The Power of Your Will

The Power of Your Will

Should you have a will, do you even need a will? The simplest answer is most definitely, YES!

Everyone should have a will. This is the single best gift you can leave for your family – peace of mind in an emotionally difficult time.

South Africans have the power to put in writing our last wishes for our family and assets. This is called a will. From sixteen years of age, a person is eligible to write a will. This allows you to appoint someone of your choice to distribute your assets as you would have intended. This is the executor and their responsibility is to carry out your decisions at your death, in other words to wind up your estate.

Why is it important to appoint an executor to wind up your estate?

Only an executor is recognized by law to authorize the distribution of your assets to your beneficiaries, and therefore you cannot appoint someone who is not duly qualified, for example you cannot appoint your wife, husband, brother, sister, etc. if they do not have the necessary qualification or meet certain criteria. If you have not appointed an executor prior to your death, the master of the court will appoint one for you (always better to choose your own!). Once the executor is approved they are answerable to the master of the high court and responsible for ensuring all your assets are distributed to beneficiaries as per your will.

It is in your best interests to appoint an executor of your choice in your will, as the absence of a valid will and appointed executor may cause major delays in winding up your estate which could leave loved ones financially vulnerable and may even result in your preferred beneficiaries receiving nothing. In the majority of cases, one’s spouse would be the beneficiary of the estate. If there are minor children involved you want your spouse to have the financial means to maintain their and your children’s lifestyles after you are gone. With no valid will and appointed executor of your estate you run the risk of the inheritance being shared between your spouse and children (who could be minors) which may place your spouse (who would now become responsible for managing the finances) at increased financial risk forcing the sale of assets to fulfil the requirements of distribution.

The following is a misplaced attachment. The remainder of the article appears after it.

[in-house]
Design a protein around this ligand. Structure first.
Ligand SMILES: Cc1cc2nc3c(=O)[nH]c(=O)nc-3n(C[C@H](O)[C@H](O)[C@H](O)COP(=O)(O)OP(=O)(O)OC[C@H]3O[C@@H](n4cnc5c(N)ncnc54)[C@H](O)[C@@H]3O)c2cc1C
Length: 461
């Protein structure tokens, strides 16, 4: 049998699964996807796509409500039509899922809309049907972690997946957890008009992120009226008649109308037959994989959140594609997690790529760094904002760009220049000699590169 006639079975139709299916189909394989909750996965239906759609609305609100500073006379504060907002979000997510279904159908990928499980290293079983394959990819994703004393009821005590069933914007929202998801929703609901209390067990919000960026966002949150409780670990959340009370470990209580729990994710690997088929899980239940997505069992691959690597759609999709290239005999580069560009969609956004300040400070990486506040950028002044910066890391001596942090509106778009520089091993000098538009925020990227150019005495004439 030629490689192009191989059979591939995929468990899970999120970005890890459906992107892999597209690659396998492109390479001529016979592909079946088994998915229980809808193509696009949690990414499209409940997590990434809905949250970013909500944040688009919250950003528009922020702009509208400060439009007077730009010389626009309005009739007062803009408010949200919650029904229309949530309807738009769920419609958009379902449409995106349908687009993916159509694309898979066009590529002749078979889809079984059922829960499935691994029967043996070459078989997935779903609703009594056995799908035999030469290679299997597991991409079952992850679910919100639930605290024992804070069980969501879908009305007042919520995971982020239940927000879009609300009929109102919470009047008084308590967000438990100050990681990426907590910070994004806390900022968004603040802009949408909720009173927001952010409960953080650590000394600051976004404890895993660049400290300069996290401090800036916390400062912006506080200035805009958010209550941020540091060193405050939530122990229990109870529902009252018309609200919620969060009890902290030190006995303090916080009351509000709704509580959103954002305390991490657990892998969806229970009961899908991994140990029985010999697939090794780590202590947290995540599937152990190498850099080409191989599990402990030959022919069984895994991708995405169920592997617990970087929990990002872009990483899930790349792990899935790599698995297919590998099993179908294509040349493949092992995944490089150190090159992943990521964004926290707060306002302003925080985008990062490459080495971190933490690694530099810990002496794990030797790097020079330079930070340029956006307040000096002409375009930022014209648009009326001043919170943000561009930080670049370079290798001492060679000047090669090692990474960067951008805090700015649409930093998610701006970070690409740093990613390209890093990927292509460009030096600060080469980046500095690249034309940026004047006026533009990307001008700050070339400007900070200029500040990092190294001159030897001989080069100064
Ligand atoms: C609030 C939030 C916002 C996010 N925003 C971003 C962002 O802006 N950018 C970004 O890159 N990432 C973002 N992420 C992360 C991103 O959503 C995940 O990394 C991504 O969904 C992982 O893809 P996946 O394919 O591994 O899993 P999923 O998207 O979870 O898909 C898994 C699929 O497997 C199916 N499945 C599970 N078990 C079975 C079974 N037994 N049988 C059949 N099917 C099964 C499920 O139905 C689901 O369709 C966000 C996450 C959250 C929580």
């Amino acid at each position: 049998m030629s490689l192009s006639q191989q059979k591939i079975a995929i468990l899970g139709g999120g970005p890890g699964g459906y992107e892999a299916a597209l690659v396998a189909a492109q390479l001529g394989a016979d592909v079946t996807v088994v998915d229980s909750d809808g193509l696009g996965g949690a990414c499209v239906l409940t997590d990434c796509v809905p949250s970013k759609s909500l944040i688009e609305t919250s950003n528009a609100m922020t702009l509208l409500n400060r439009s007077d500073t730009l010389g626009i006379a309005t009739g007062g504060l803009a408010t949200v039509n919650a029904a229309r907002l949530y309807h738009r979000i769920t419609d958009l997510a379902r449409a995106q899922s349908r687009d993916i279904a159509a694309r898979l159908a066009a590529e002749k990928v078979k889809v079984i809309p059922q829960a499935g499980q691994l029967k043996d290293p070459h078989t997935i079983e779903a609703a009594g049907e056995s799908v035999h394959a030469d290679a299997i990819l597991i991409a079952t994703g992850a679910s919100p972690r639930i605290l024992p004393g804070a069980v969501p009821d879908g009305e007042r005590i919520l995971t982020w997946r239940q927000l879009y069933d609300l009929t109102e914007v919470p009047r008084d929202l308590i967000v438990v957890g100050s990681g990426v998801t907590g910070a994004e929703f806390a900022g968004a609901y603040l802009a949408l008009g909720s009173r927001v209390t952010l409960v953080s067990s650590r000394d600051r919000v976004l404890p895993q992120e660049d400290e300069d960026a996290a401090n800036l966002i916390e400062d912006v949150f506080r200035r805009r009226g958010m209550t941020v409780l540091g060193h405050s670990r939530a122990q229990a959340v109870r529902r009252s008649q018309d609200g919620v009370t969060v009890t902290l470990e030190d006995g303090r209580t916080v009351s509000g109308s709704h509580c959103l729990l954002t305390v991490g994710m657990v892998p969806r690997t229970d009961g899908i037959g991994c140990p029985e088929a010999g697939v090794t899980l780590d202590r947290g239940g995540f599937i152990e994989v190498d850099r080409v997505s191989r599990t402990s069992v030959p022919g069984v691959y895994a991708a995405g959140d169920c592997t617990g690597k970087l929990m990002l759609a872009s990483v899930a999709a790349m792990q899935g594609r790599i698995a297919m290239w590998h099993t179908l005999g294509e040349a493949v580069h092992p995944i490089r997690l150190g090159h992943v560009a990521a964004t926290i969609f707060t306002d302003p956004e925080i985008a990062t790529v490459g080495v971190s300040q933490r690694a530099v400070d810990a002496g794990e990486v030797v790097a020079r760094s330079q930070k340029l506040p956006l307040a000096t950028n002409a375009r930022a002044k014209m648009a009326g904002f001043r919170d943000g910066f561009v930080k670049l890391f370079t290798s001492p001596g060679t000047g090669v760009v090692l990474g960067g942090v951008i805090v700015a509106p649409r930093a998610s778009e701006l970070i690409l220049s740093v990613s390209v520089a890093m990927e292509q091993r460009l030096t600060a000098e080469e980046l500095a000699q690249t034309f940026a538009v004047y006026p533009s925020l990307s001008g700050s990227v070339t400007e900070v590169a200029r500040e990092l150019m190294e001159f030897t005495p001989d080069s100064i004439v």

Let us explore this example further:

A married father with three children dies Intestate (without a valid will). By law, the surviving spouse will never inherit less than R 250 000 as long as the value of the estate is sufficient but the problem lies in the children (who could be minors) inheriting the rest, leaving the family financially vulnerable. The issue with minors inheriting is the need to sell off assets (or even the primary residence) as minors cannot legally own property, to give them their share. If the spouse has capital from say a life policy, they can avoid this by allocating funds to the child according to their share to avoid the sale of the property. So even the house has to be divided amongst the children.

Example 1:
• Value of intestate estate is R550 000.
• The deceased is survived by a spouse and 3 children.
• A child’s share amounts to R137 500 (R550 000 divided by 4 (3 children plus spouse)).
• The child’s share is less than R250 000. Therefore the spouse will inherit R250 000 and each child will inherit R100 000. (R550 000 less R250 000 to spouse, divided by 3).
• Assuming the children are minors, in the end the spouse (mother) is left less than half of the estate to continue raising the 3 children.

Example 2:
• Value of intestate estate is R1 250 000.
• The deceased is survived by a spouse and 3 children.
• A child’s share amounts to R312 500 (R1 250 000 divided by 4 (3 children plus spouse)).
• The child’s share is greater than R250 000. Therefore the spouse will inherit R312 500 and each child will also inherit R312 500 (R1 250 000 less R312 500 to spouse, divided by 3).
• Assuming the children are minors, in the end the spouse (mother) is left a quarter of the estate to continue raising the 3 children.

Whilst writing a will may feel difficult, as it reminds us of our mortality, taking the time to put in writing our wishes after our death can actually keep our legacy alive.

*Note: This blog is merely an example of the possible outcomes of the winding up of an estate. It is merely for information purposes and does not constitute advice.

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